Citing a seven-year-old state law, a labor-business trio led by Southern California Gas Co. (SoCalGas) last Friday sued the California Energy Commission (CEC) in a state Superior Court in Orange County for allegedly dismissing natural gas as an energy option.

Joined by the Utility Workers of America Locals 132, 483 and 522, as well as Newport Beach, CA-based Clean Energy Fuels Corp., the lawsuit asked the court to vacate the natural gas portion of the CEC’s 2019 Integrated Energy Plan Report (IEPR).

The trio of plaintiffs seeks to force the CEC to rewrite the gas report to comply with Assembly Bill (AB) 1257, the state Natural Gas Act. “The law makes clear that the CEC must develop a standalone report every four years, identifying strategies and options that maximize the benefits of the state gas grid,” said SoCalGas’ Andy Carrasco, chief environmental officer.

Carrasco said the lawsuit is necessary because the CEC allegedly refused to update the report, despite what he called “extensive technical feedback.” The state agency’s gas report needs to reflect the intent of AB 1257, he said.

In the court filing, the plaintiffs argued that the 2013 legislation puts state lawmakers on record as supporting greenhouse gas (GHG) emissions reductions through use of the gas grid in the state. It further established that the gas system was “critical” to keeping the state’s energy supply “affordable and reliable.”

The 2019 IEPR, which was finalized in February, includes a natural gas chapter that views the fuel and the state’s extensive transmission and distribution pipeline network as in a transition because of state electrification policies and mandated climate change mitigation measures.

Among the report’s key findings are the assumption that alternative energy sources will slowly push out fossil fuels; aging gas infrastructure and the cost of maintaining it need to be assessed in light of electrification; and eventually the gas transportation system could be used for renewable natural gas or hydrogen.

In a joint statement, the three local union presidents representing 5,000 SoCalGas employees said they were joining the lawsuit “to bring the CEC back into compliance with California law concerning how to fuel the world’s sixth largest economy,” alleging that the state agency has “embarked on a self-guided excursion into fuels policy that, contrary to law, would minimize use of natural gas.”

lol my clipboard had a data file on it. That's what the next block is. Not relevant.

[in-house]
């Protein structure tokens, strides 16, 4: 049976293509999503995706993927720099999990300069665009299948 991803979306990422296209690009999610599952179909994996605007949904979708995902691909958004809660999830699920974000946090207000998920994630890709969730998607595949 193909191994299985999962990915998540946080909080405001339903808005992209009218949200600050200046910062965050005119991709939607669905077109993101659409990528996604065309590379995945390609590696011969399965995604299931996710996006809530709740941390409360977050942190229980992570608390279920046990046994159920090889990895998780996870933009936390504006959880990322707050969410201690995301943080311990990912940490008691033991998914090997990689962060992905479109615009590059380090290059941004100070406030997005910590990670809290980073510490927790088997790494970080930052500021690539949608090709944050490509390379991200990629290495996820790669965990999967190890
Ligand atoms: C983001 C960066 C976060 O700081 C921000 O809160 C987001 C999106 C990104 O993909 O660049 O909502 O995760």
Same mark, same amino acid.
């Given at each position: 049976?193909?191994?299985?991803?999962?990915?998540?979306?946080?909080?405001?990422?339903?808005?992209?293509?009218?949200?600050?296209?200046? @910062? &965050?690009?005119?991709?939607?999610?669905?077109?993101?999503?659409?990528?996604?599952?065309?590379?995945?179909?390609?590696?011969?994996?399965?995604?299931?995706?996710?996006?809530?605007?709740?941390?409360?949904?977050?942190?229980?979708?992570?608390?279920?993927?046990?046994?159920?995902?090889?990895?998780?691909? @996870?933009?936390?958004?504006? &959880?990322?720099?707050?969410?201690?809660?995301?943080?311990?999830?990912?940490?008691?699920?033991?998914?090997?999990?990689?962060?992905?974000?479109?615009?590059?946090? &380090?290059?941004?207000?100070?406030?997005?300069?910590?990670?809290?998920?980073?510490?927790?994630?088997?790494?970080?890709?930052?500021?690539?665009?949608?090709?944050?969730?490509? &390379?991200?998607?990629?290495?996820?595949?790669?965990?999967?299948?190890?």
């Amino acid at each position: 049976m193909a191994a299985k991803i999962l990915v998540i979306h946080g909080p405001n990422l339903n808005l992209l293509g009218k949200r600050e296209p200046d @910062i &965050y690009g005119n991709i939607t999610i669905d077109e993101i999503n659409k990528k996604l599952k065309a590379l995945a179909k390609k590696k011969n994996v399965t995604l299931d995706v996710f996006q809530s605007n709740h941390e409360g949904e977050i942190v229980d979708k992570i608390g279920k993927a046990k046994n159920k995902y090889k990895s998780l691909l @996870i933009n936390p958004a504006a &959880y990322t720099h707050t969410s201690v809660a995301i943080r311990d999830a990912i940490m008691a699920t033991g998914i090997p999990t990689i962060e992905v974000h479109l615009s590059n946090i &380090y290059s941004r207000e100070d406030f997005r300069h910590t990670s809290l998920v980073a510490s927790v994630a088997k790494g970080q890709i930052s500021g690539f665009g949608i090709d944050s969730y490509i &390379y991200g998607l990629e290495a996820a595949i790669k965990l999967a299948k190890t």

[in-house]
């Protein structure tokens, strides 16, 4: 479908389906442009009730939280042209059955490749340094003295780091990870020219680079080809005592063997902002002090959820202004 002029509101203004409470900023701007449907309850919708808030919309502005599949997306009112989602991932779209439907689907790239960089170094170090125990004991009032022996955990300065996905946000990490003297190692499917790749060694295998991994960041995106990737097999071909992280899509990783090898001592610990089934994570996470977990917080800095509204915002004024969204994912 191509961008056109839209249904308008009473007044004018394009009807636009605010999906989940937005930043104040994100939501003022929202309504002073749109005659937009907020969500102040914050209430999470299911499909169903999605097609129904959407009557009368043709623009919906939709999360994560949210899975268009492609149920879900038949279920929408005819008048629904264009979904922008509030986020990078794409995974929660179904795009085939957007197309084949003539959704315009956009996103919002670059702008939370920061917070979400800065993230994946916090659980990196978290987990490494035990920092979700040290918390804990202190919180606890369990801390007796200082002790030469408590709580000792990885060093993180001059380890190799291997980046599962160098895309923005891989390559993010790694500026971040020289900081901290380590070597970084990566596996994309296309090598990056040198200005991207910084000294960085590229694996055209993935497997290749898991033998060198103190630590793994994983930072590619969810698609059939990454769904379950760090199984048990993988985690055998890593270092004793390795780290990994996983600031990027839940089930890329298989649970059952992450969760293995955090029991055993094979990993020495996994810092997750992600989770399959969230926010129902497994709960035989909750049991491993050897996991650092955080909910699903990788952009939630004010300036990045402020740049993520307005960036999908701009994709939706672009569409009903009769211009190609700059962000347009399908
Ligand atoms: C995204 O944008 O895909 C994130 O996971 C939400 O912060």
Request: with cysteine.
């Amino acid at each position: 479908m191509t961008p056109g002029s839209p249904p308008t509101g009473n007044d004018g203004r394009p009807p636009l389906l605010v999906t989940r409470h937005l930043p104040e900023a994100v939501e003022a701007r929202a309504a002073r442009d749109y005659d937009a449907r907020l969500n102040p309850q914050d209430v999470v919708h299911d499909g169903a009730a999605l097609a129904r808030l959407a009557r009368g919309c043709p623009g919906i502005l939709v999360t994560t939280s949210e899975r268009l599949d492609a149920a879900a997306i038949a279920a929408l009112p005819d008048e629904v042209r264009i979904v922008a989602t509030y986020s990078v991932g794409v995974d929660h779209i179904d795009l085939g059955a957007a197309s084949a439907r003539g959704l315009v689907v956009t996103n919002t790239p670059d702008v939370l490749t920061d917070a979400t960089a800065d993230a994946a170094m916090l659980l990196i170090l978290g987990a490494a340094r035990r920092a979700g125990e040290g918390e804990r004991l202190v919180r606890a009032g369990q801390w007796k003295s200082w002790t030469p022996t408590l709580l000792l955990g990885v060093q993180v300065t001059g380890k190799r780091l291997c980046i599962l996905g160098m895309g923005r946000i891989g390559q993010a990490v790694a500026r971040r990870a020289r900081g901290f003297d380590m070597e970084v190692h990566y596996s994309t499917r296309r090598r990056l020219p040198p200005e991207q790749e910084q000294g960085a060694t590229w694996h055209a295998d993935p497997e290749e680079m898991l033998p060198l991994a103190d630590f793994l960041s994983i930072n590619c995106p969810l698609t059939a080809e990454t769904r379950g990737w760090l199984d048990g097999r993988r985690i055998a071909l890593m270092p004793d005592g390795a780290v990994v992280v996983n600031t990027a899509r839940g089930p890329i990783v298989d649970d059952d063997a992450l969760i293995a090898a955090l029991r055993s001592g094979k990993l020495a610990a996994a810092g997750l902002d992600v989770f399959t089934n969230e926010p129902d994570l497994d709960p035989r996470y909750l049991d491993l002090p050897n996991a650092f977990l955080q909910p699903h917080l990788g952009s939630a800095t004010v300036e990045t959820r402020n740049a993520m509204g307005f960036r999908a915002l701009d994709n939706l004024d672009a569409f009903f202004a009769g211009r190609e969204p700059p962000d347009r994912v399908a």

Clean Energy spokesperson Raleigh Gerber said California’s environmental goals don’t require minimizing the role of gas. “The legislature’s stated policy is to support a balanced energy approach that recognizes the benefits of natural gas.”

Lobbying Questions

Meanwhile, SoCalGas also is butting heads with California regulators over subpoenas regarding lobbying practices. The utility is said to have refused to provide full accounting information to the California Public Utility Commission’s Public Advocates’ Office (Cal Advocates) for lobbying/public education work, arguing it has a right to shield proprietary and other confidential data that does not involve ratepayer funding.

Cal Advocates has been examining what it alleges is the use of ratepayer funds by SoCalGas to pay for anti-decarbonization campaigns, including promoting the use of natural gas and renewable natural gas through a utility created consumer front group, Californians for Balanced Energy Solutions.

Cal Advocates attorney Traci Bone, in a filing to CPUC, said there also is an effort by the utility “to defeat state and local laws proposing to limit gas use.”

SoCalGas spokesperson Christine Detz said there is a “gray area” in the CPUC rules on utility advocacy work regarding local government and community lobbying. SoCalGas is advocating the CPUC put “more transparency and greater public participation in energy policy decisions.”

The utility is seeking clarity covering lobbying and education activities, given increasing pressure on investor-owned utilities to promote decarbonization. State Senate Bill 1383 requires that 40% of the methane captured come from waste stream sources. More than 80% of California’s fugitive methane emissions are from sources covered under the law. 

“Given the importance of the gas grid to keeping energy bills affordable, the electric grid reliable, and to meeting the state’s climate goals, we hope the CPUC will move quickly to address these important issues,” Detz said.